“Engineering for Growth is aligned with both our advocacy and operational activities,” says Sir John Parker GBE FREng, President of the Royal Academy of Engineering.

“Engineering already makes up at least 28% of the UK economy and employs over 5.4 million people. It will need to play an even greater role as we rebalance and deliver growth in the economy. We will continue to highlight the huge benefits of investing in innovation and relevant skills as well running our own programmes in support of stimulating economic activity.”

Sir Roger Carr, President of the CBI, says: “The UK economy can only grow if it has the ability to turn innovative ideas into dynamic products and services. Engineering for Growth highlights the vital role engineering will need to play if we are to achieve this and maintain our place as a global economic power.”

Business Secretary Vince Cable says: “Engineering is central to building a stronger economy, which is why skills are such an important part of the Government’s Industrial Strategy. Engineers contribute widely to many areas of the economy; their understanding of technology and the opportunities it brings is helping drive up competitiveness across many sectors. Engineering for Growth activities will certainly play their part in supporting our ambitions to support talent-growth in the sector.

“We strongly support the Royal Academy of Engineering’s work to help young, highly-skilled engineers to develop entrepreneurial skills to take technologies to market. Small businesses are an important part of an agile economy, and having entrepreneurism as well as technical knowledge of the sector is essential to ensure success.”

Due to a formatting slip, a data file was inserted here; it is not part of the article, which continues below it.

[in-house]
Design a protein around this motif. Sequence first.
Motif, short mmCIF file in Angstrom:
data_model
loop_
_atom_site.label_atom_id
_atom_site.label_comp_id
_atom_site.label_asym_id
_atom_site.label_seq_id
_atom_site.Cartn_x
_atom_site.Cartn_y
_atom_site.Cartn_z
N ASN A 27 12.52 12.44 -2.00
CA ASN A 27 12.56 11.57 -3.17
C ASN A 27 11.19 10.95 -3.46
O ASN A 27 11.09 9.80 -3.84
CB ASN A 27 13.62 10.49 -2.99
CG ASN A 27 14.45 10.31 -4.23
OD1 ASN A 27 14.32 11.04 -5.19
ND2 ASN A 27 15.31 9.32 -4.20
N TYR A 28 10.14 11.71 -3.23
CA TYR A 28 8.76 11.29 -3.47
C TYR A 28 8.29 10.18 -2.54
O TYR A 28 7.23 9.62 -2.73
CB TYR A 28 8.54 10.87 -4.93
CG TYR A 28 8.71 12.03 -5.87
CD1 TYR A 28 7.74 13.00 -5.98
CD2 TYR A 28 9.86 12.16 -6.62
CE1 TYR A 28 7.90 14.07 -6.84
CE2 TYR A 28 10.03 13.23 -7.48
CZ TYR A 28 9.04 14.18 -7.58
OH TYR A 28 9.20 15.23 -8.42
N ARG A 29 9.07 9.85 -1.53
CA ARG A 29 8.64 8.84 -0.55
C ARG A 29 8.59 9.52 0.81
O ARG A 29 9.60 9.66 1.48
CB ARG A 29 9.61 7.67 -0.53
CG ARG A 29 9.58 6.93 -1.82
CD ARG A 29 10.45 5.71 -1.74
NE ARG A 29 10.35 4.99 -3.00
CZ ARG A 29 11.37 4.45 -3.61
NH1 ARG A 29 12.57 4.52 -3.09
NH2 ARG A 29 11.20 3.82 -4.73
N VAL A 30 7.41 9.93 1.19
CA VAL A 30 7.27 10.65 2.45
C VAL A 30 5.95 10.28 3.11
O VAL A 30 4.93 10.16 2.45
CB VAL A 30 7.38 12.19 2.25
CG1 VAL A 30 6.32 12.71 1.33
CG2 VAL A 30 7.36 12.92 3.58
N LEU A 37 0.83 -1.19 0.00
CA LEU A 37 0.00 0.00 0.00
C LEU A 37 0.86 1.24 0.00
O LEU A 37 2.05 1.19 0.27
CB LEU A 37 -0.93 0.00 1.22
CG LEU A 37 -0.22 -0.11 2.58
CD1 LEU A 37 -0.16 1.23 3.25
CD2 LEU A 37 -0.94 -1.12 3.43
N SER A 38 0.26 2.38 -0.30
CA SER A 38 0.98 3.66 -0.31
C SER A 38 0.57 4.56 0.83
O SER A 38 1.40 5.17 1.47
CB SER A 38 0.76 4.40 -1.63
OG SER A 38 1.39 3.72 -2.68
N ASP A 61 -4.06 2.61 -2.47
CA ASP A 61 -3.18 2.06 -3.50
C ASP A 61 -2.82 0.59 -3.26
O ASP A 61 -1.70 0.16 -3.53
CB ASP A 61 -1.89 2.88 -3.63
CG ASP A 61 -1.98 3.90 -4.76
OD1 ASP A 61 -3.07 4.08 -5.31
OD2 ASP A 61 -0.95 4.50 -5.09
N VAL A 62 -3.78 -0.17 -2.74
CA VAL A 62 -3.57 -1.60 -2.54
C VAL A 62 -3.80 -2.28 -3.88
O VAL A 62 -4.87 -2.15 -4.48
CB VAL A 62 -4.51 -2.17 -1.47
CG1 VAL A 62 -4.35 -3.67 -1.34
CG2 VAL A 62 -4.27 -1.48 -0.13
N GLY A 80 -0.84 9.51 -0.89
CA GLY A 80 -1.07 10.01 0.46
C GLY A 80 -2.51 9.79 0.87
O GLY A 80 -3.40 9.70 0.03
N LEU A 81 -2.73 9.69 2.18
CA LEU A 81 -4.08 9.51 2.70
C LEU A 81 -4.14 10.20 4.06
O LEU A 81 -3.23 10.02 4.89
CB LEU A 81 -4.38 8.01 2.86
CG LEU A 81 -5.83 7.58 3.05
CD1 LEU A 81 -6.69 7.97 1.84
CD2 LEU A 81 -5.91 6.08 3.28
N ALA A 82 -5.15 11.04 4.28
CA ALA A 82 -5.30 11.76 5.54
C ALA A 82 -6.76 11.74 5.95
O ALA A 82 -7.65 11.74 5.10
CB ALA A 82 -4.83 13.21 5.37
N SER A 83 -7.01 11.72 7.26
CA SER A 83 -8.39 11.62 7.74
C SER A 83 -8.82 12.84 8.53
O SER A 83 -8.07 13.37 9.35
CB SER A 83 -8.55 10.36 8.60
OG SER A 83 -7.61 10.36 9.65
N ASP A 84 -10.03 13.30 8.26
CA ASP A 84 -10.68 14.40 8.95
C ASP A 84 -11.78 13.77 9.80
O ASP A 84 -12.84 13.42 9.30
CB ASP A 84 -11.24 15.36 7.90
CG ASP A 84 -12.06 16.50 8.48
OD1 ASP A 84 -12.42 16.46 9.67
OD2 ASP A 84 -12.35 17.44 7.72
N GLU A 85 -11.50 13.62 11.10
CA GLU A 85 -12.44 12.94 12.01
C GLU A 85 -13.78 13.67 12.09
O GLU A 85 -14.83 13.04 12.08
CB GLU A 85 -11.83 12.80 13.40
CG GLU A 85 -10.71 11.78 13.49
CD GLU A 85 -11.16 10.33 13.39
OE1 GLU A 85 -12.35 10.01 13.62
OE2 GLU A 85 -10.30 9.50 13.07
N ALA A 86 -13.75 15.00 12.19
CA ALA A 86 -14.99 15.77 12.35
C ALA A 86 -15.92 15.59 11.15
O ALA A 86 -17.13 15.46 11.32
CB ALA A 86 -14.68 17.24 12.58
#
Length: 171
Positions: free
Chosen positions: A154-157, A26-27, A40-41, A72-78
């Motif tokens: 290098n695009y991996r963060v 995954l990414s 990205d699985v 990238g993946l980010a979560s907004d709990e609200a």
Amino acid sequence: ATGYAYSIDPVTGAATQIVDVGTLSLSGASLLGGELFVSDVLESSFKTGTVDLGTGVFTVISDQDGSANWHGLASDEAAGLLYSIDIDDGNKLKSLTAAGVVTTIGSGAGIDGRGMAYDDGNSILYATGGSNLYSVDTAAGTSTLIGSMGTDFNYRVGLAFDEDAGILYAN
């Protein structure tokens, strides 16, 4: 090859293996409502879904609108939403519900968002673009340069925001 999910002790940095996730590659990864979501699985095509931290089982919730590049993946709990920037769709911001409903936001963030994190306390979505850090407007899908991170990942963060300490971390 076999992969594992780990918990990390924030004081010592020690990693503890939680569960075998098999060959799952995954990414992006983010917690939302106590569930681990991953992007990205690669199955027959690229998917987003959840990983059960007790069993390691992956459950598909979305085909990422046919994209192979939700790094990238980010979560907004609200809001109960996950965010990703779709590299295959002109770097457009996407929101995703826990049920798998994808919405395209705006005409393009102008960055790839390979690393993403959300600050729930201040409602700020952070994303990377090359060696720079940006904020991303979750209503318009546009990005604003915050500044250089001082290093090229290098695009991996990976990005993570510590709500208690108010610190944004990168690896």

The Academy’s Engineering for Growth campaign is available from: www.engineeringforgrowth.org.uk

Later this spring the Academy will launch the Enterprise Hub, a new business resource that will see a large number of Academy Fellows mentoring new engineering and technology start-ups.

As part of the Hub’s activities, the Academy aims to build on its Engineering Enterprise Fellowships programme, which enables entrepreneurial academics to spend a year starting a business.

The Academy also aims to build a new programme that will take ‘the best of the best’ early stage companies and provide them with a long term package of mentoring, training and bespoke support.

The Academy will continue to fund over 130 Researchers and build crucial links between industry and academia – providing the lifeblood for innovation in the UK.

Founded in 1976, the Royal Academy of Engineering promotes the engineering and technological welfare of the country. The fellowship – comprising the UK’s most eminent engineers – provides the leadership and expertise for the activities, which focus on the relationships between engineering, technology, and the quality of life. As a national academy, it provides independent and impartial advice to Government; work to secure the next generation of engineers; and provide a voice for Britain’s engineering community. http://www.raeng.org.uk/